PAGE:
Therefore, conflict exists between the double jeopardy clause, both the federal one and the Arizona one, and Arizona case law and a defendant’s due process rights. For now, the debate will rage on, as prosecutor’s take second, third, fourth, and fifth shots at the same person for the same crime, each case in front of a new jury and each case costing thousands of tax dollars. I’ll leave it at that.

How do you strike the balance between a person’s individual rights and society’s interests in prosecuting people accused of a crime?

Arizona Vehicle Searches

If you’ve driven on Arizona’s interstates – I-17, I-40, and I-10 – you’ve probably seen Arizona DPS officers pulling over cars and trucks. But have you ever seen them tearing apart a car as though they were looking for gold? It happens more often than you think. So let’s raise the question:

How is it that a police officer found, say, ten pounds of marijuana hidden in vacuum-packaged containers in secret compartments of luggage in the trunk of a person’s car?

It used to be that police officers could perform a “search incident to arrest” of your vehicle, including anywhere there may be weapons. It didn’t matter that the arrested person was handcuffed, seated in the back of a patrol car, and nowhere near the “weapons” in his car. The police would still go looking for “weapons” and, of course, find every piece of contraband possible, resulting in numerous felony drug charges. This was all without consent, without a search warrant, and without probable cause – in some cases – of there existing drugs in the vehicle.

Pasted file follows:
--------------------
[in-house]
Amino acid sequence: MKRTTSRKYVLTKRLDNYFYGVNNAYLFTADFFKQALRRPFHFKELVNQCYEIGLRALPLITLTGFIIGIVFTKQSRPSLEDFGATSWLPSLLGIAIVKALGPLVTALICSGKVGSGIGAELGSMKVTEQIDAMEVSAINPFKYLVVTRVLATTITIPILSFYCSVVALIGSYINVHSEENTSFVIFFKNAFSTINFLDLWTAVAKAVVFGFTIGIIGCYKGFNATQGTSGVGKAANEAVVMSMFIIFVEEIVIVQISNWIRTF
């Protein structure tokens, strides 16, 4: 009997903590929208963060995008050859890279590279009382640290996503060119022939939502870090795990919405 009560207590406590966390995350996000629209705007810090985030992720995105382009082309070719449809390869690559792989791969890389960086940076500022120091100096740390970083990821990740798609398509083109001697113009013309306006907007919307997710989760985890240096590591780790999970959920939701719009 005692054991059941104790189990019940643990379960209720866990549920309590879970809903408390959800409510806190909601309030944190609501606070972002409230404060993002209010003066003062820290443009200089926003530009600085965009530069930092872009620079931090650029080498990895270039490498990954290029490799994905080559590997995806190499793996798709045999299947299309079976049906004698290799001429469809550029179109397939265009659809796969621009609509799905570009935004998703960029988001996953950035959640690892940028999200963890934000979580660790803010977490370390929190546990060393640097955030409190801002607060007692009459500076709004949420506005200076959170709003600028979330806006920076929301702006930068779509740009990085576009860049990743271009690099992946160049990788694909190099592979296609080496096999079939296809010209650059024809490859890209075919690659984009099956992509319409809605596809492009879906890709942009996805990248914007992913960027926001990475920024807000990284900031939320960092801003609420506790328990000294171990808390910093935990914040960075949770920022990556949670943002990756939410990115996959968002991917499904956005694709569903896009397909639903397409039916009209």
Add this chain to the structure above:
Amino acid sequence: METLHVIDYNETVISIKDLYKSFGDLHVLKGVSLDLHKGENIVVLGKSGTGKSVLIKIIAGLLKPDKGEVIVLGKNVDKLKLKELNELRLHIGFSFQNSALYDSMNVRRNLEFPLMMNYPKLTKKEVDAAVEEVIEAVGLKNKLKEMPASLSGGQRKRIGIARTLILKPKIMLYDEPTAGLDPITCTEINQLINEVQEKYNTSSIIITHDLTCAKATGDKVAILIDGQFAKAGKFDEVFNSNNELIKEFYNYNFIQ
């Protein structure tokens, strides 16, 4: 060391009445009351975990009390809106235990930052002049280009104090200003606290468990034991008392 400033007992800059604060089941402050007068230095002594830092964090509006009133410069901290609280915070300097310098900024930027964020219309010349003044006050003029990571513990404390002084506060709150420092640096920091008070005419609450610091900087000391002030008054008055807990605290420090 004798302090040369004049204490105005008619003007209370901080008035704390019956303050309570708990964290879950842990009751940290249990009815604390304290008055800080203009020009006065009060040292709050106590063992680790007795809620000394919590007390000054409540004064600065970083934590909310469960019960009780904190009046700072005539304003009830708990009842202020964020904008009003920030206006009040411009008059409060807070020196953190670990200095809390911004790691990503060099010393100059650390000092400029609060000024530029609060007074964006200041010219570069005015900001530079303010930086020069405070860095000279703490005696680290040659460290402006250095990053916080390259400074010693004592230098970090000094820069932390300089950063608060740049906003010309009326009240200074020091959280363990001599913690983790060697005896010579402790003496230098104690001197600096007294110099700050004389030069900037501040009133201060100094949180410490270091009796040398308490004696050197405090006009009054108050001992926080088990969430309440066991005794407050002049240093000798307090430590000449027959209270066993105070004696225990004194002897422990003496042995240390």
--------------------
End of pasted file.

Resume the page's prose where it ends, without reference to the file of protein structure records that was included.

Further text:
A major United States Supreme Court case changed that two years ago. It’s called Arizona v. Gant, 556 U.S. 332 (2009). In Gant, the Supreme Court changed previous precedent, now holding that the police can still perform a “search incident to arrest” of the passenger compartment of a vehicle (as long as an occupant was arrested), but only where the arrestee could access the vehicle and is not handcuffed and detained in a safe place.